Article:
The parties stipulated that the State's chemists, if called to testify, would testify that the plastic bag contained 85.7 grams of cocaine, that the 18 paper packets contained 4.5 grams of cocaine, that the crushed green plant was cannabis sativa and weighed 321 grams, that the nine blue tablets marked valium contained diazepam, and that the remaining blue tablets did not contain a controlled substance.
The defendant's mother testified for the defense and stated that both she and the defendant worked in 1977 as sales representatives for a water-softening company. She testified that the blue and black box recovered from the defendant's home appeared to be one of the kits that each received for their water-softening demonstrations. The witness compared that kit with her own and stated that the defendant's kit was missing some of the original contents and contained additional items that she did not recognize. She admitted that the kits they had been given had not contained cocaine or any other controlled substance.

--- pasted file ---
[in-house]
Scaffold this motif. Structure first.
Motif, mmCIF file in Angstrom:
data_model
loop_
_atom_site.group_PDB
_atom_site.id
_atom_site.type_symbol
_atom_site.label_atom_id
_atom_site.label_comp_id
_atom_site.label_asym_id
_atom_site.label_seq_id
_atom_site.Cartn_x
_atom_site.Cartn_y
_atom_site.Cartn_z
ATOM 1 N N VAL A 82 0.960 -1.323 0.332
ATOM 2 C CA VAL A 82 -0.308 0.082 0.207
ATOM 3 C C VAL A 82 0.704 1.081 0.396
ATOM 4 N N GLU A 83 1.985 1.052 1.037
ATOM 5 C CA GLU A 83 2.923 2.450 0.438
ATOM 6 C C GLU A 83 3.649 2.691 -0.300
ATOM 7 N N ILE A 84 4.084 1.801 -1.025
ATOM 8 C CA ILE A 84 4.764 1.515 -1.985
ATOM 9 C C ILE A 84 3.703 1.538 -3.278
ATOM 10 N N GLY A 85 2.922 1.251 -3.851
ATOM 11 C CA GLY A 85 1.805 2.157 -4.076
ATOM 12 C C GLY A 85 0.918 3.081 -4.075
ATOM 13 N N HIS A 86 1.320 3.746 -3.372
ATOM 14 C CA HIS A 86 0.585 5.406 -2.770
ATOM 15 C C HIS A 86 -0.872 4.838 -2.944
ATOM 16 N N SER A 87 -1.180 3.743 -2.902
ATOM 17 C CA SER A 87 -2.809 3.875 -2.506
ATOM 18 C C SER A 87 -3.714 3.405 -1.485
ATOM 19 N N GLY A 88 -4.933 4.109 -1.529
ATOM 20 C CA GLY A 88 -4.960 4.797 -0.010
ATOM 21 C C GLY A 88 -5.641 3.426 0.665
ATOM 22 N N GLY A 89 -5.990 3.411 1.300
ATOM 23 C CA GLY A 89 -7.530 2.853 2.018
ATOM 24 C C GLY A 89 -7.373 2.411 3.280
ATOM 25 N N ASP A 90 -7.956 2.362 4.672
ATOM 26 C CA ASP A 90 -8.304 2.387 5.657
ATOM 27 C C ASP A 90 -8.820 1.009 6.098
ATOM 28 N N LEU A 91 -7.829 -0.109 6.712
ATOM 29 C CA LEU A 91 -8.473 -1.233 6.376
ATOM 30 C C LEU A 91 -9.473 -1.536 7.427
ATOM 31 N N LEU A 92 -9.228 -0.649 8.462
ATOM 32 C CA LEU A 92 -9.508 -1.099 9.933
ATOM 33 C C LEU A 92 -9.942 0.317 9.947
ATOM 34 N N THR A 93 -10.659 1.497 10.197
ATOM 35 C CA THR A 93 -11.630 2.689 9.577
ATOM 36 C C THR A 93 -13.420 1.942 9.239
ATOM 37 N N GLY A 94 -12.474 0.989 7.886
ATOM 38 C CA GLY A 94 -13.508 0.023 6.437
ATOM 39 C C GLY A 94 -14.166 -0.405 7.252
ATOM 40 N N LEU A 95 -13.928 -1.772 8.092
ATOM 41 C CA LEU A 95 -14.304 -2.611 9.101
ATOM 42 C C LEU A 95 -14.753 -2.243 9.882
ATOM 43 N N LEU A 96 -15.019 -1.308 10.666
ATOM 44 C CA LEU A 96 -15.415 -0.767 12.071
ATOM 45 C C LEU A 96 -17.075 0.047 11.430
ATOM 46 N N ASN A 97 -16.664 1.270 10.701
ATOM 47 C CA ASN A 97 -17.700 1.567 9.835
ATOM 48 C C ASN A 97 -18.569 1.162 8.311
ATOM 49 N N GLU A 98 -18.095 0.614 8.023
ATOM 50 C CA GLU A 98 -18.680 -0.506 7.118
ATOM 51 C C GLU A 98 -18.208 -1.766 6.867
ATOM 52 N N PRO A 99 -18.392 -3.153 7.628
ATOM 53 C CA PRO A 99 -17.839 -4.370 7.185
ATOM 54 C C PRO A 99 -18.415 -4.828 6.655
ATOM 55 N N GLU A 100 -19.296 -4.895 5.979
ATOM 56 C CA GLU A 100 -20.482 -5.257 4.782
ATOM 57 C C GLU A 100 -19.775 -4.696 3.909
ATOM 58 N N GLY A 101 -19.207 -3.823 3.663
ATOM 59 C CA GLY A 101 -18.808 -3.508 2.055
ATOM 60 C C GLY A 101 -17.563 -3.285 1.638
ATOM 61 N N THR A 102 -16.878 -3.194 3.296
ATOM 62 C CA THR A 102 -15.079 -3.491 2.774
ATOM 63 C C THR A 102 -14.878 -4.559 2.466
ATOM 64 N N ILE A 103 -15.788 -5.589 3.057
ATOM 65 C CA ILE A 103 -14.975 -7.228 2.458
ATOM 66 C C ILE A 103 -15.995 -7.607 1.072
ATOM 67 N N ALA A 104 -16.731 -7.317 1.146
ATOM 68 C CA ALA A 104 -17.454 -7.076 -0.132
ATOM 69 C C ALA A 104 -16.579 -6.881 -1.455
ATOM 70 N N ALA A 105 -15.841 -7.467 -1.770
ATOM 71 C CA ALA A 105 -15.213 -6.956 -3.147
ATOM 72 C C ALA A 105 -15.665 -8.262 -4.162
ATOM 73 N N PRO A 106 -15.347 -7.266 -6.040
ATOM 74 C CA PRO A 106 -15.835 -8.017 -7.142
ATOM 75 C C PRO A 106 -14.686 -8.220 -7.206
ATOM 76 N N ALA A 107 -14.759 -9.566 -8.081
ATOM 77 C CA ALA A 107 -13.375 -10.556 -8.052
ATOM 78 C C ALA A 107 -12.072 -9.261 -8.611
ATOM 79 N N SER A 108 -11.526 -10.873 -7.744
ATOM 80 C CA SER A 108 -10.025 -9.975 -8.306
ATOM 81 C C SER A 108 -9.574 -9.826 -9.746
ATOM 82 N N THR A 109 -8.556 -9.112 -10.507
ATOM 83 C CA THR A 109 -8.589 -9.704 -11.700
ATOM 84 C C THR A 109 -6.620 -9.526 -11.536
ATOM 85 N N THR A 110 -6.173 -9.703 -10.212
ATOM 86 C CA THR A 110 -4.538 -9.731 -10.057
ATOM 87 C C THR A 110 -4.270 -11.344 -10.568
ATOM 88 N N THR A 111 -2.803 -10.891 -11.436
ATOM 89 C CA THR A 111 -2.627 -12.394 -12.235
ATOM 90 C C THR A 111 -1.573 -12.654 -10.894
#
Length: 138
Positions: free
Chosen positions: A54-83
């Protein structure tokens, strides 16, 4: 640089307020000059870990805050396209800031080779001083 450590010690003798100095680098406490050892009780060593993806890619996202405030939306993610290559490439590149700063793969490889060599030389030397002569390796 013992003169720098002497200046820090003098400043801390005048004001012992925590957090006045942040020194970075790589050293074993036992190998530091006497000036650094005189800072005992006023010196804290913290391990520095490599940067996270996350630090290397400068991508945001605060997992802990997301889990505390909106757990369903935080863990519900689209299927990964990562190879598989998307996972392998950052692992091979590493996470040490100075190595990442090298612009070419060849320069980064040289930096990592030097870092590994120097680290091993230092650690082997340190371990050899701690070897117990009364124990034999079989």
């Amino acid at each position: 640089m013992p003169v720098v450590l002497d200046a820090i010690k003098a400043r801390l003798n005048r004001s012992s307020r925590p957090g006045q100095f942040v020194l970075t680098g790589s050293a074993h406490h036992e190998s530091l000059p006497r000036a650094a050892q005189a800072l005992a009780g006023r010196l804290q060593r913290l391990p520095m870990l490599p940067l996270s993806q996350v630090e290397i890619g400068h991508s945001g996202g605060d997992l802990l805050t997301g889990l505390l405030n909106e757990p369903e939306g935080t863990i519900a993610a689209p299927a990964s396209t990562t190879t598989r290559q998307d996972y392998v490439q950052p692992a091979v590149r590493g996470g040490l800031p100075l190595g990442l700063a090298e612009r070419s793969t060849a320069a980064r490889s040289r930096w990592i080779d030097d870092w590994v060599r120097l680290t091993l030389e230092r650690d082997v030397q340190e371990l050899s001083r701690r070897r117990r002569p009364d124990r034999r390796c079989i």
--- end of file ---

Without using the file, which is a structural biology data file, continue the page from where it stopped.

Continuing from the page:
The defendant testified in his own behalf. The defendant stated that he first began to use drugs in the fall of 1982 when he picked the marijuana seized at his home while on a fishing trip in southern Illinois. He said he would smoke the marijuana once or twice a week and, shortly thereafter, began to use cocaine. The defendant testified that he later began to use cocaine once or twice a week and purchased it from a co-worker in 1/4- or 1/2-gram packets. Despite the fact that the defendant began to use cocaine daily, consuming two or three grams per week, the defendant asserted that he continued to purchase cocaine in 1/4-gram packets. The defendant also testified that he was planning to go to Arkansas for a vacation so, on the day of his arrest, he purchased twenty-four 1/4-gram packets of cocaine for the trip. He further stated that he had used one packet before his arrest.